by Jessica Bakar
The first time I lied about my writing, the line between truth and lie was a two-letter word. In a tense conversation with a friend, I found the fracture between my comfort and her curiosity irreconcilable.
This essay she’d found had been recently republished in a regional magazine— a publication that, despite being known in my community, I assumed was rarely read.
She dropped the bomb in a text.
“Did you write ‘Legacy Ends Here’?” A text bubble accusation—a violation. My hands shook as I stared down at the screen in disbelief. She’d found, read, chewed, swallowed, and regurgitated something unintended for her eyes. Stunned by this impossibility, I barely found the strength to turn off my phone—to deny her question for another moment.
My writing itself is denial. It’s pen names and anonymity in emails to editors, it’s changing my hometown in author bios. It’s staying in the closet. It’s telling nobody but my notebook about an eating disorder, the page watching me recover. It’s witnessing my life exposed on the computer screen, reserved for anonymous eyes throughout America. It’s assuming nobody in my personal life would ever read my work.
When my friend asked if I wrote that essay, I lied.
“No.” I replied, then powered off my phone.
My writing isn’t Jessica Bakar. My writing is Naomi Carr. It’s 33+ Linkedin profiles, none of which are my Naomi. It’s the safety in knowing myriad Naomis exist, none of which are my Naomi. It’s the secure seat behind a pen name, the thought that my pen name can hide behind a number of real people who exist. It’s the sound assumption that nobody would ever draw a line connecting Naomi back to me.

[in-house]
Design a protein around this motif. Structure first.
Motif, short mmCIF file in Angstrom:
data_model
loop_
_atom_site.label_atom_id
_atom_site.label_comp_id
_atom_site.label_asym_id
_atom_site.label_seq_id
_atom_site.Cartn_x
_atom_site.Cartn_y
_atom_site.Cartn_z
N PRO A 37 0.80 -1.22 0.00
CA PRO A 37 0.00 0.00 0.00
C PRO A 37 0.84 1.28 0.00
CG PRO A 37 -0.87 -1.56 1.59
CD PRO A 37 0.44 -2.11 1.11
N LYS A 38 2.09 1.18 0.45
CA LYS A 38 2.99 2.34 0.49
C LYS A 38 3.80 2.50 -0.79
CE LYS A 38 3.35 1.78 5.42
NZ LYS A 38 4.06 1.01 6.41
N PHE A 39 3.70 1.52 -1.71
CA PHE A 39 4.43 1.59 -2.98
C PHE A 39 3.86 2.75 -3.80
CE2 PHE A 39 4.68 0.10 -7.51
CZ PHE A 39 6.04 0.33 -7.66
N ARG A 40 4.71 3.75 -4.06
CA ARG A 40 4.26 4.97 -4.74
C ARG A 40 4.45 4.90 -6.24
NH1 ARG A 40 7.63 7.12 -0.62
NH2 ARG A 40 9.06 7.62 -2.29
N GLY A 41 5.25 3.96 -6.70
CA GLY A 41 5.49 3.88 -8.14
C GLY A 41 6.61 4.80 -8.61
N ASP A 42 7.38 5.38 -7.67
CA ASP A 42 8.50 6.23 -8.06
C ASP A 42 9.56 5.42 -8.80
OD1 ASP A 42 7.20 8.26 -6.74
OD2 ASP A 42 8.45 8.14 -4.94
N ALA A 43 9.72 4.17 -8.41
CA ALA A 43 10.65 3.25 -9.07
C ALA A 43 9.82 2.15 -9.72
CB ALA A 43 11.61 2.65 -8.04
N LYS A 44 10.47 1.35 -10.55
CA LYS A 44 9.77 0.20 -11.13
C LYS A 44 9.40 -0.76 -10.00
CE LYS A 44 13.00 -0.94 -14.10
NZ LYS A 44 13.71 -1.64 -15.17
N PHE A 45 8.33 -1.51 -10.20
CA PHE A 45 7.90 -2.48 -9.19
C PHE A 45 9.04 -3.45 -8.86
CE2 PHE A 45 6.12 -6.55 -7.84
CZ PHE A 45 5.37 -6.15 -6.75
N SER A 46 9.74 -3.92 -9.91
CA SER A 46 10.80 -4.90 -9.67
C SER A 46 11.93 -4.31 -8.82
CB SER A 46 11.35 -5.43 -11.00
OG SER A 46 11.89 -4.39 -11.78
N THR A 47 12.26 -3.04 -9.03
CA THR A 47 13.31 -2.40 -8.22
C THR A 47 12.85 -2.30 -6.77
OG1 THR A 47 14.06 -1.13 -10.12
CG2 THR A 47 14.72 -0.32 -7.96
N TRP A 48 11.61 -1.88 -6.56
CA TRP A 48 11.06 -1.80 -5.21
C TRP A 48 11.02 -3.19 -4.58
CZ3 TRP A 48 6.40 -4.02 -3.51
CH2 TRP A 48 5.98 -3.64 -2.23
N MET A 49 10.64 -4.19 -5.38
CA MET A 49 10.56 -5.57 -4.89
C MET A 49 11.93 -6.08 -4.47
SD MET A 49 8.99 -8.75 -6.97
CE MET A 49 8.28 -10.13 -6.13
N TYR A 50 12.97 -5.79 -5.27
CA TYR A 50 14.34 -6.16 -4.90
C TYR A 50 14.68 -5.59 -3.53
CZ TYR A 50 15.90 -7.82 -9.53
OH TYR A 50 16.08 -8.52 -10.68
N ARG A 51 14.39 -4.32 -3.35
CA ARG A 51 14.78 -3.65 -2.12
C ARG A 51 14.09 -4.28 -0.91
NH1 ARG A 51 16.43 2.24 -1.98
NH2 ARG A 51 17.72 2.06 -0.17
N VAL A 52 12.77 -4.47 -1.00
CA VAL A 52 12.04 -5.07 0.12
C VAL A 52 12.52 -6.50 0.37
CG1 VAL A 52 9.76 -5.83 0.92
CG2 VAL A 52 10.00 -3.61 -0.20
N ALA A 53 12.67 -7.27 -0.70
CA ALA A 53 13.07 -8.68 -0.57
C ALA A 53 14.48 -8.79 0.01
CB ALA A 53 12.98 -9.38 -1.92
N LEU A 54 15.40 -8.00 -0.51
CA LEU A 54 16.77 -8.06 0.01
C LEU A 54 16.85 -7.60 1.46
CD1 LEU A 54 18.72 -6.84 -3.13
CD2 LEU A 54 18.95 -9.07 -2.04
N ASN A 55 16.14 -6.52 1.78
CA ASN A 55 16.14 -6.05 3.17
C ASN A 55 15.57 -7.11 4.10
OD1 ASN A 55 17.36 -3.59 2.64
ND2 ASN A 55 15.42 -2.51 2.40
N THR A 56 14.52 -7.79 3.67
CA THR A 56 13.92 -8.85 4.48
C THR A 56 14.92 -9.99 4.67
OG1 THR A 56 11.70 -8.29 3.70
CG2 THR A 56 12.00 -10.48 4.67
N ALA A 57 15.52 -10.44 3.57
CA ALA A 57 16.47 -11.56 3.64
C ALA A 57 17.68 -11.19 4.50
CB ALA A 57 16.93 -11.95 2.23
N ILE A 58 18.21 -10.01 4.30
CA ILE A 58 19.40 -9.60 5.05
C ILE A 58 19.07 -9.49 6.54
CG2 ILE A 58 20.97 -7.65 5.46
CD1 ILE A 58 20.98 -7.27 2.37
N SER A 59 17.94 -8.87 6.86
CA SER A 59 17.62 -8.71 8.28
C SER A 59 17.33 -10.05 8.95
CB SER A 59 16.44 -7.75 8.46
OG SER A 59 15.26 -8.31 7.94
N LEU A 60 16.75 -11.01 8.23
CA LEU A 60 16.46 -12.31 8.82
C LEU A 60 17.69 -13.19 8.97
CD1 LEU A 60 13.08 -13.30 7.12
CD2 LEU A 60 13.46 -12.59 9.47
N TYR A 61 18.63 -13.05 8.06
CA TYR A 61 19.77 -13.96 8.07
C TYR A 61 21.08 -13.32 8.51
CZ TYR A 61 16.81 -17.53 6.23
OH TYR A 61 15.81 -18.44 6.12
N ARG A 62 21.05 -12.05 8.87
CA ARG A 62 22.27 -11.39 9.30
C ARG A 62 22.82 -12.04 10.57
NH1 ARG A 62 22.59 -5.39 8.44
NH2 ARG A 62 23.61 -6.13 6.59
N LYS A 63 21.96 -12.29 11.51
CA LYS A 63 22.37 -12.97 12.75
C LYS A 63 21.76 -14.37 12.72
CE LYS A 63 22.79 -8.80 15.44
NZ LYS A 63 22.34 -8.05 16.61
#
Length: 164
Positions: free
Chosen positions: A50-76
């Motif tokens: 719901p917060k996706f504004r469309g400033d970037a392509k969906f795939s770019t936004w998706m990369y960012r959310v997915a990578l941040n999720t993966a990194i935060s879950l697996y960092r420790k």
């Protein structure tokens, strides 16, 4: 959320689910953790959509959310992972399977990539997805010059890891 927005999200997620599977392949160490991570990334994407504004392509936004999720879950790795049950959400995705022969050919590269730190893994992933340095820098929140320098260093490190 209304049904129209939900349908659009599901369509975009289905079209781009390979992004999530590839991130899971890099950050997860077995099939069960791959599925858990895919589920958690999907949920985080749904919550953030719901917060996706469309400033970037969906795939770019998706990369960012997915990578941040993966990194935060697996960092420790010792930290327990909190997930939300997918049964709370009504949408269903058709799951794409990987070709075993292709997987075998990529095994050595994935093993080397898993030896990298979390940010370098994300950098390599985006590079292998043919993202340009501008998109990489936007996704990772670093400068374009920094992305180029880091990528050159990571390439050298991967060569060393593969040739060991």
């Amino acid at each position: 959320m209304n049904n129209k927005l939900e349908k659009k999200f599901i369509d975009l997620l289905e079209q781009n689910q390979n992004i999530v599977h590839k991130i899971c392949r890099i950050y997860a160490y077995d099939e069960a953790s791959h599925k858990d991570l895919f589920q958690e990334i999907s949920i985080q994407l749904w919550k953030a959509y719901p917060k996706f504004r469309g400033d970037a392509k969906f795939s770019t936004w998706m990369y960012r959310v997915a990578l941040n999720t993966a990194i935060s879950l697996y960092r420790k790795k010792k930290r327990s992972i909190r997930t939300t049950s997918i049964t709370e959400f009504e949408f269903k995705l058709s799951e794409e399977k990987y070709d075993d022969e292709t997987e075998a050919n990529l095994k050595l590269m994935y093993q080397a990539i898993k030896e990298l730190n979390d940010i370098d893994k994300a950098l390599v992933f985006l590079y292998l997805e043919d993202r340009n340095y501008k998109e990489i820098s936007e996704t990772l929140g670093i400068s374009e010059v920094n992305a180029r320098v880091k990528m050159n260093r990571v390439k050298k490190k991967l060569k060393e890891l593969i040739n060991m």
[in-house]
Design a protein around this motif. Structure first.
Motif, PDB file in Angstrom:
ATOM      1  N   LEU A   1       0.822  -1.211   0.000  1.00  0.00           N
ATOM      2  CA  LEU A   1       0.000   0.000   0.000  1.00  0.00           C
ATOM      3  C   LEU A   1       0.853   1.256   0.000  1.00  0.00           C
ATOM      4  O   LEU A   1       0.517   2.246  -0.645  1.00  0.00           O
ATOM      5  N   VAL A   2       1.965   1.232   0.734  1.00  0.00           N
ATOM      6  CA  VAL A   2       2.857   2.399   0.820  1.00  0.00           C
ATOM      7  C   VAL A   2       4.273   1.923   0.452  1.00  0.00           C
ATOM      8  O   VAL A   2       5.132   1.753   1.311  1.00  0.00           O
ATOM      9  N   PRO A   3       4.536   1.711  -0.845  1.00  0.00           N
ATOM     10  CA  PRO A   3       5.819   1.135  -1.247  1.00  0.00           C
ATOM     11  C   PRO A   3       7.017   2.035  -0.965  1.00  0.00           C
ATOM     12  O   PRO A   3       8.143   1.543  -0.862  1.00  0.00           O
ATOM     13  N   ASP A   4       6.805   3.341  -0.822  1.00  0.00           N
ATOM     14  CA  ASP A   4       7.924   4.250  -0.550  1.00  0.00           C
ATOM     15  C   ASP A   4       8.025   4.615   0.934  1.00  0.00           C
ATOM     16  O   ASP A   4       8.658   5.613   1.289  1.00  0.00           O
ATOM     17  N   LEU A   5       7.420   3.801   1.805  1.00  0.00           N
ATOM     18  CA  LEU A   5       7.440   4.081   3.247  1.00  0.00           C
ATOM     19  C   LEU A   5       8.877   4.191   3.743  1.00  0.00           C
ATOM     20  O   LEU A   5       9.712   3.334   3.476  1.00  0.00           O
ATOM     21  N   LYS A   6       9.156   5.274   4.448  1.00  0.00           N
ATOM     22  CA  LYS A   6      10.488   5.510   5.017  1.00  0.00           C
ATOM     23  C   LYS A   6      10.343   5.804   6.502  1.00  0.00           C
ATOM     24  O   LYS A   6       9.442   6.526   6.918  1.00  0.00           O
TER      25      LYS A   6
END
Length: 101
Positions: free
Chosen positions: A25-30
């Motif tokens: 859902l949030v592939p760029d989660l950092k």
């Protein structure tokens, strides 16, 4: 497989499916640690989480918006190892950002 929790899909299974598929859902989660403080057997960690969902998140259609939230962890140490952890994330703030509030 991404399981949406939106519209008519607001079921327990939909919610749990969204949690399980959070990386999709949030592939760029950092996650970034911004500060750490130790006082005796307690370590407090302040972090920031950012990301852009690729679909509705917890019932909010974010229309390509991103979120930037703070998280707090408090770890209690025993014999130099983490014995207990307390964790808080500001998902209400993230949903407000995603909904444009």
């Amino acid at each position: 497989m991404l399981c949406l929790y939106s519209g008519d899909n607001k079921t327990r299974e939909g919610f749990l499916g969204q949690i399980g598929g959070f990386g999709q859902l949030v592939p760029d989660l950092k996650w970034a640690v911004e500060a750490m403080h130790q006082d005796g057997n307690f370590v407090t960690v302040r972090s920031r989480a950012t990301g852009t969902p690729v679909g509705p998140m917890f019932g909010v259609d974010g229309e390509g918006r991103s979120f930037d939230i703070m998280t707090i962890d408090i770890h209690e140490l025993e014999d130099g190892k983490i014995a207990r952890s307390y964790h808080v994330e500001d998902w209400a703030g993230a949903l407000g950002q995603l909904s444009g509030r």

I met Naomi the first time I was published. Molly Hill, Blue Marble’s EIC, strongly suggested I employ a pen name for security. Even with her advice, the decision was unbearable--- hypocritical, even. I couldn’t separate myself from my work, from the experiences and pain that stained the page. That piece, like the rest of my writing, was a morsel of my life. It was me. To change the name attached to it, to would distance myself from my work, my writing, my life. I couldn’t reconcile how truth could become so untrue. It tasted like a lie, betrayal, sick denial.
Amid my indecision, I texted my that friend— the one who would find this piece months later in another publication. I told her nothing. She did not know the name of my piece, the genre, the content, the publication— nothing. I simply told her my work was accepted, and that I didn’t know if I should publish under a pen name. I told her the thought of a pen name felt superficial, but I considered Hill’s advice heavily. I told her I couldn’t relinquish comfort, when really I meant safety.
She told me to be authentic. She told me to own my real name. I didn’t tell her daring to write that piece was owning my real name. I didn’t tell her that attaching my “real” name to that piece would put a target on my back, would make me prey to four different people I call predators. She told me to be authentic, but I didn’t tell her that piece— each word handpicked at an ungodly hour— was the most authentic act I’ve ever committed. I didn’t tell her that maybe my essay didn’t need my real name in order to be authentic, that the absence of my real name made it any less true.